Russi open forum

Oakland University president Gary Russi held an open forum in the banquet room of the Oakland Center today to give faculty members a chance to discuss their grievances with both Russi and the OU administration.


Standing on his own with a lavaliere microphone, Russi made opening remarks before entertaining questions for an hour and a half to an audience of over 150 members.


The American Association of University Professors arranged meetings this week in order to plan what questions they would like to pose to Russi. 


A flyer was circulated through the audience outlining “changes that need to be made and direct actions required” and gave a list of “further essential questions.”


In addition to faculty, executive employees from the OU William Beaumont School of Medicine, members of the board of trustees, and students were in attendance.


Russi addressed “the number of issues expressed on this campus.” He spoke of his changing role as a university president during changing economic times.


“I work for a variety of constituents: you (faculty), the students, staff,” Russi said. “There is an expectation to raise resources for this university.”


He attributed this shift to a change in financial support to the school and cited his work with the OU capital campaign as a source of his support to academic affairs as well as his work lobbying at both the state and federal levels.


According to Russi, $74 million of the $111 million raised during the five-year capital campaign were allocated to academic affairs.


“I have sat in your shoes,” Russi said. “I understand the role of the faculty.”


He stated that he has also helped developed partnerships with a multitude of organizations to create opportunities for faculty research as president and said that there had been none of the “cuts, cuts, cuts” that other universities have seen.


Russi then went on to address other issues like his isolation from the rest of the campus, the unprecedented 40 percent pay raise he received in 2008, and the issue of a lack of communication between the faculty and administration.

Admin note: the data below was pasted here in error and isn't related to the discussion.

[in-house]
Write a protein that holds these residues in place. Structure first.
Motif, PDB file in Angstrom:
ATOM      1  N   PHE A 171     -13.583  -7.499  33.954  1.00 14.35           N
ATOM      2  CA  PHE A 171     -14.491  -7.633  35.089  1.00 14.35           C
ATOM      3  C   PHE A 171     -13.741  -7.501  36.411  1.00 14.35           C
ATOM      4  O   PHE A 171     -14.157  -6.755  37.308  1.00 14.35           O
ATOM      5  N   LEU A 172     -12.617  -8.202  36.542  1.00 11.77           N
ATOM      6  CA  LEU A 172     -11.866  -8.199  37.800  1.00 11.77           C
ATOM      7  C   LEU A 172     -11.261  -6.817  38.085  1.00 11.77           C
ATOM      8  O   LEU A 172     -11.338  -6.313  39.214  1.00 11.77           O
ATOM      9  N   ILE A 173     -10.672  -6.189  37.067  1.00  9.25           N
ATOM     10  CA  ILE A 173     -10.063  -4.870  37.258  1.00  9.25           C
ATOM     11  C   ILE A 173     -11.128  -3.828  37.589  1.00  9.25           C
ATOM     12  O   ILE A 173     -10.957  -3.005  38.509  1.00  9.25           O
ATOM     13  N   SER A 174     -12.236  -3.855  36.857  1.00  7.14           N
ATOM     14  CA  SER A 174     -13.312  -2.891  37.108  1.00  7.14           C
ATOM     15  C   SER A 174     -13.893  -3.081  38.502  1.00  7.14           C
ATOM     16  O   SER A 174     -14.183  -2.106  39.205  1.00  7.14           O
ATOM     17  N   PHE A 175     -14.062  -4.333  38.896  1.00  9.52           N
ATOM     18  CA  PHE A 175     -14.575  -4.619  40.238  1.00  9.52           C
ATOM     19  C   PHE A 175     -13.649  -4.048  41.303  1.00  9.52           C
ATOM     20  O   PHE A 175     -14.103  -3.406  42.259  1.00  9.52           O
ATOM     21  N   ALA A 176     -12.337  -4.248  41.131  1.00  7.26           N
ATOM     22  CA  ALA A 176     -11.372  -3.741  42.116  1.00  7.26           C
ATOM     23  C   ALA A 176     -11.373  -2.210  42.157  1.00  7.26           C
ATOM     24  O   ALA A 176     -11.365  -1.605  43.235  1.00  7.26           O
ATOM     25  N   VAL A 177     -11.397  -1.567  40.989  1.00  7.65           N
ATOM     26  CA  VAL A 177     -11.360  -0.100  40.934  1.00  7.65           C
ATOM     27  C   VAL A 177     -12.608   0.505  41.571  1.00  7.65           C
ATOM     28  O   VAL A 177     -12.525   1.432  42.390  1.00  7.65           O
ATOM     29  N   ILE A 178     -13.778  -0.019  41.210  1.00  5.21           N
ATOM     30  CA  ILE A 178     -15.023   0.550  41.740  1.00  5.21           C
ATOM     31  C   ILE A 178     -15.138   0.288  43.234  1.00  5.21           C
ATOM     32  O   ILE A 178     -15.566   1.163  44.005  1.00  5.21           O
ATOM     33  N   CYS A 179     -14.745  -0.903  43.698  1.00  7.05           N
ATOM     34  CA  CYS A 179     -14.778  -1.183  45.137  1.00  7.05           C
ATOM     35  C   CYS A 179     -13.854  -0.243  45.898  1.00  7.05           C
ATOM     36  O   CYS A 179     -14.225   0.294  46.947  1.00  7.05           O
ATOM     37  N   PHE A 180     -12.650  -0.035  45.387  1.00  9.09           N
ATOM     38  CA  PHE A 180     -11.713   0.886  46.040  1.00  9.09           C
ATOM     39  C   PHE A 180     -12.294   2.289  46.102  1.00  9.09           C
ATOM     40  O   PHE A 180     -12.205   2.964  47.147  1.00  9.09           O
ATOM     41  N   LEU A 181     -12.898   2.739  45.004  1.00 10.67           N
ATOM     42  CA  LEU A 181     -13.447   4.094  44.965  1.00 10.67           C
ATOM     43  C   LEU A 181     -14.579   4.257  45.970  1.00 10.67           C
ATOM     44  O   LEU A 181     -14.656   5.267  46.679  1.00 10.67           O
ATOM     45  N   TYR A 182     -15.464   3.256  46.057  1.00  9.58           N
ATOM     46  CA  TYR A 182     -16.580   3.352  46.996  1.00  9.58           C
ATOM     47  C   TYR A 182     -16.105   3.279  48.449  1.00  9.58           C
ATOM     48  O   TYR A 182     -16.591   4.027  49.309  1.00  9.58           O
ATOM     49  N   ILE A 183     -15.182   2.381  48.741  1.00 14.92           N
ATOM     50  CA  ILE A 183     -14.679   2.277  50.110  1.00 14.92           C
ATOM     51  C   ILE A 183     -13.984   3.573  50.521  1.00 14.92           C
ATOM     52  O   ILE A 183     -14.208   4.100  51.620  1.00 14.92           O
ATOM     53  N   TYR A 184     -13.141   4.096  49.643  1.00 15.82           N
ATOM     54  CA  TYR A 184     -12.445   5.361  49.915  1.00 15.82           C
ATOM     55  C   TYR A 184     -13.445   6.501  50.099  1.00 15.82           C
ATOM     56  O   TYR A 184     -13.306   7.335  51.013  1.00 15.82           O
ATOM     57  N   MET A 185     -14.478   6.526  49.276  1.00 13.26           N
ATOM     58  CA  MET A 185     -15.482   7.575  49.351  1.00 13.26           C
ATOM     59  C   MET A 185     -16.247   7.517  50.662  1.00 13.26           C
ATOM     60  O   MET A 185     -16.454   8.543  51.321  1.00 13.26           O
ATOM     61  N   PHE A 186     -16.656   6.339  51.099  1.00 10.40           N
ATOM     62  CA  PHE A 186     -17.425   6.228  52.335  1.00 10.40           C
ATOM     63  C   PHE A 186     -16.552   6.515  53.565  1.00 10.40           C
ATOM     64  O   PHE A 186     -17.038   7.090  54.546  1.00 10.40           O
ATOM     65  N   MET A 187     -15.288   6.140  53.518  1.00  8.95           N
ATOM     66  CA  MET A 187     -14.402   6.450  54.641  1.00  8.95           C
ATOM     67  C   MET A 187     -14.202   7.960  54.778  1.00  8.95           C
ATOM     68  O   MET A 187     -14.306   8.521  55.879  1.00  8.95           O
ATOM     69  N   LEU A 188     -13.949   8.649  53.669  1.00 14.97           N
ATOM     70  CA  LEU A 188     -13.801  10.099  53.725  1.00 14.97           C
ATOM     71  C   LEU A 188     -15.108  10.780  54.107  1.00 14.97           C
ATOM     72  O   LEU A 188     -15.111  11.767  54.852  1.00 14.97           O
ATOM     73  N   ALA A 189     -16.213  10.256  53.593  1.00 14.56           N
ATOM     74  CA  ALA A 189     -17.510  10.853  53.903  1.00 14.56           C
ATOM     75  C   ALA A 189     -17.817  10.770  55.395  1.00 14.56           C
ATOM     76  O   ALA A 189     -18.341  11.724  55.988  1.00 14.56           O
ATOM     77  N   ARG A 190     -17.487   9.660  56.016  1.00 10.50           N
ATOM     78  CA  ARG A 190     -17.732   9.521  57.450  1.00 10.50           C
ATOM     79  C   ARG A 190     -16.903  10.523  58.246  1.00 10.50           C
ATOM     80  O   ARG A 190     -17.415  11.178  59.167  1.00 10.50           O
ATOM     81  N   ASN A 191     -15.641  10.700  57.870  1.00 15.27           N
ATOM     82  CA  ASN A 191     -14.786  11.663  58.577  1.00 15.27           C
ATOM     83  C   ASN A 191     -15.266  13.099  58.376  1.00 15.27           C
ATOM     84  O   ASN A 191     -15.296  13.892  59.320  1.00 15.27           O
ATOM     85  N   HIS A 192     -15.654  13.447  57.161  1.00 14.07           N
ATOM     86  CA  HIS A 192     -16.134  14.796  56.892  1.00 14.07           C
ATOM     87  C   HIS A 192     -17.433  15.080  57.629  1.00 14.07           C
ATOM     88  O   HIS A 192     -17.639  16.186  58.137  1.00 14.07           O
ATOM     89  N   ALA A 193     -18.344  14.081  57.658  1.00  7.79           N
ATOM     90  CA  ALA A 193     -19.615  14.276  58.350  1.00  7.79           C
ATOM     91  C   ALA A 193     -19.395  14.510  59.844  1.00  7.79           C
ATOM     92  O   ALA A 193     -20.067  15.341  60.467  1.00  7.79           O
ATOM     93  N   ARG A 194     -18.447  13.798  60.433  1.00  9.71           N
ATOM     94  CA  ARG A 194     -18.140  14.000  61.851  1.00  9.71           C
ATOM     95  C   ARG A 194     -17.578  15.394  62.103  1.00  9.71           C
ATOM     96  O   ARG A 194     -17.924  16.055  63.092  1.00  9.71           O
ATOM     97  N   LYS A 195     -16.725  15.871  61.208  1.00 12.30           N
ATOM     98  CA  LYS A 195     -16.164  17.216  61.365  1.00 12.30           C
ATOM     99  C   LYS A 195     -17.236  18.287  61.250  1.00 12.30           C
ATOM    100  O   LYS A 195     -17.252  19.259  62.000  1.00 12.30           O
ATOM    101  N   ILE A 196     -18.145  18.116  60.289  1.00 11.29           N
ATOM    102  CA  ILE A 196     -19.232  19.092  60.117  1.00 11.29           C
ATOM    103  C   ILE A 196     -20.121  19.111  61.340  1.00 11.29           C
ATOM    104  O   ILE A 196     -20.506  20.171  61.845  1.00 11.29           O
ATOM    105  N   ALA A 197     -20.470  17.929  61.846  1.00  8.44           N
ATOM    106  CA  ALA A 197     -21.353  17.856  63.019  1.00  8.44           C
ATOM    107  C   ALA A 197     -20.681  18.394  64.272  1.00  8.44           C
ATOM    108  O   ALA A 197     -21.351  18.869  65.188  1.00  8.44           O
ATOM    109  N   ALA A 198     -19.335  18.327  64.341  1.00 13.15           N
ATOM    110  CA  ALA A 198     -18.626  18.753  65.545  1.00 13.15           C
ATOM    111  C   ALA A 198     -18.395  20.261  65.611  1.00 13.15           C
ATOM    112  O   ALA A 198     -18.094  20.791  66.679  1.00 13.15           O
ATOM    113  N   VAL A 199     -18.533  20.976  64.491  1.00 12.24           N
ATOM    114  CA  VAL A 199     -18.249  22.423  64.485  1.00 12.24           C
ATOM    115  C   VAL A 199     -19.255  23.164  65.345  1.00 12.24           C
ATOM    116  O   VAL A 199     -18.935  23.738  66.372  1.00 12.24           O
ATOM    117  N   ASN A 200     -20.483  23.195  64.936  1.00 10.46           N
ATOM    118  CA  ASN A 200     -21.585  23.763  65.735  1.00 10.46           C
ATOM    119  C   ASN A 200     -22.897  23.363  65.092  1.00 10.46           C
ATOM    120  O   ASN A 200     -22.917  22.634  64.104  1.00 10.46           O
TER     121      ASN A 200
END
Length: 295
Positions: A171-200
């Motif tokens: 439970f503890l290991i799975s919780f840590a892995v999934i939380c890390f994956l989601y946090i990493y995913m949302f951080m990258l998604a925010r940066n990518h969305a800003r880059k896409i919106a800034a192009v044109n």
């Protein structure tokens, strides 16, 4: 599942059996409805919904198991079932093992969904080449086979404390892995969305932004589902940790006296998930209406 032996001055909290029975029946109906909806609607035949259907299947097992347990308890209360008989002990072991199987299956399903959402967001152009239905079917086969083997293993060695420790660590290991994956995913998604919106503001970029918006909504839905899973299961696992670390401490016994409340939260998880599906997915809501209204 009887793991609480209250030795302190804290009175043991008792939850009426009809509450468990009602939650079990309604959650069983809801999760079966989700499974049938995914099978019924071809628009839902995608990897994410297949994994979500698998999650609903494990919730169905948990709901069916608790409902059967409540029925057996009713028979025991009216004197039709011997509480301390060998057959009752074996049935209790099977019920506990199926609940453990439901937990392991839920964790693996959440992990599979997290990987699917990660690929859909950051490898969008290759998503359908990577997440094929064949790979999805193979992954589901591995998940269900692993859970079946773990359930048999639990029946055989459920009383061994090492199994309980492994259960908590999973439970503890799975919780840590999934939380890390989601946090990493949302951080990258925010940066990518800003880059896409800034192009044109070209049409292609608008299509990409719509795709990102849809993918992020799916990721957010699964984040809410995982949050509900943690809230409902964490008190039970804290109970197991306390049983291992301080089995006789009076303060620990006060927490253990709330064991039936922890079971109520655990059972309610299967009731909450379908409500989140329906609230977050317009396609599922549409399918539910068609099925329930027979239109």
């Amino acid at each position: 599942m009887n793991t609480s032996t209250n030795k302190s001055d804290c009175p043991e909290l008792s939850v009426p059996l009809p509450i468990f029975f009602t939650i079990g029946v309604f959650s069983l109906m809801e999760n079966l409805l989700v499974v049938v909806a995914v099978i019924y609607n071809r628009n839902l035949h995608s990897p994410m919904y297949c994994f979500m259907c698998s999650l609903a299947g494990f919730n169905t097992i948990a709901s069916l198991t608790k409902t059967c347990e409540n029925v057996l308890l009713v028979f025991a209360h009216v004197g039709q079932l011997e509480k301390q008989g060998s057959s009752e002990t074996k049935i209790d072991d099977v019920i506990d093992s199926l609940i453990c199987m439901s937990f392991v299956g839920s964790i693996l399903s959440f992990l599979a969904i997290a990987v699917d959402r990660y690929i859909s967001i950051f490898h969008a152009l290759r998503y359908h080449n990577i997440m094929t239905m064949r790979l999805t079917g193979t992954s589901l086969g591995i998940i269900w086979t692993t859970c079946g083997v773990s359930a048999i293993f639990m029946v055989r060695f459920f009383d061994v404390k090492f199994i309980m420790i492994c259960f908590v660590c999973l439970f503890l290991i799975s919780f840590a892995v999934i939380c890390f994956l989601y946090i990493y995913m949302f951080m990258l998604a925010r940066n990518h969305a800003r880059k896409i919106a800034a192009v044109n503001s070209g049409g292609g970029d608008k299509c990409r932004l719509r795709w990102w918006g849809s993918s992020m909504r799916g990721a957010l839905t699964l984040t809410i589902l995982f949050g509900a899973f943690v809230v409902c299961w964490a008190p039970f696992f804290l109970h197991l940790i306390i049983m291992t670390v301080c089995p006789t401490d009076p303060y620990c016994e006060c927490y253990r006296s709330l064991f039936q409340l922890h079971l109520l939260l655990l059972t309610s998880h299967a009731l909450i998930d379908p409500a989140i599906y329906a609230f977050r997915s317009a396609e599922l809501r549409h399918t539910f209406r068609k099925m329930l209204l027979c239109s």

“I can understand how that perception can be there,” Russi said of his separation from campus. “I spend enormous amounts of time … advocating for the university, but improvement can happen.”


Russi said that he would be opening up the “security corridor in Wilson Hall” in order to make him more accessible.


He then presented ways of strengthening the communication between faculty and administration. He said he plans on meeting with deans, department chairs, and the leadership of the AAUP “periodically” and also plans on opening up said meetings to “anyone.”


“I cannot express to you enough how much I appreciate what you do and what you (the faculty) are to this university,” Russi said as he opened the floor to discussion and asked faculty to share their concerns.


The issue of shared governance that was brought up during AAUP contract negotiations was once again discussed. Russi said that there was a role for AAUP in shared governance and considered it a “significant” one.


“I believe in shared governance: I support it, I’ll defend it,” Russi said.


In addition to the AAUP contracts, contracts for OU Campus Maintenance and Trade and the OU Professional Support Association were also approved at the last board of trustees meeting after contracts were expired for over a year.


One faculty member felt that there was a trend of extreme difficulty in bargaining.


“I would very much like to change the way we approach contract negotiations,” Russi replied.


He also went on to clarify that he would be meeting with department chairs and the AAUP “at least twice a semester” to better communication.


Russi called his 2008 40 percent salary raise a “flashpoint to create emotion” and said that he felt that faculty sentiment was right to do so.


“My response to that is: I understand it and we – my family – has decided to give $100,000 back to this university,” said Russi. “Because I believe this should not be an issue for moving forward.”


Another major point of contention during AAUP contract negotiations was the OU William Beaumont School of Medicine. During negotiations, AAUP, as well as The Oakland Post, filed Freedom of Information Act requests for copies of the medical school budget as well as the accreditation application filed by the school.


Russi said that all documents sought would be made available and be put in Kresge Library.


A variety of questions related to shared governance as well as the OU budget process were raised by faculty members.


Russi said that he would like to change the current budget process so that the question of where money is going is more easily answered.


“It needs to change,” he said. “And I respect that.”


The idea of having two faculty liaisons to the board of trustees was also presented. Though Russi has no direct control over the appointments, he committed to working toward working with faculty to give them direct interaction with the board.


The audience erupted into applause as representative for LGBT faculty, Tim Larrabee, criticized the president’s general counsel and rallied Russi for support of “queer” faculty.


Russi said he would look into an all-inclusive no-discrimination policy.


Audience members began to file out at 5:30 p.m. as Russi thanked attendees and asked faculty members to hold him accountable for all he said.


“I am available to you,” Russi said.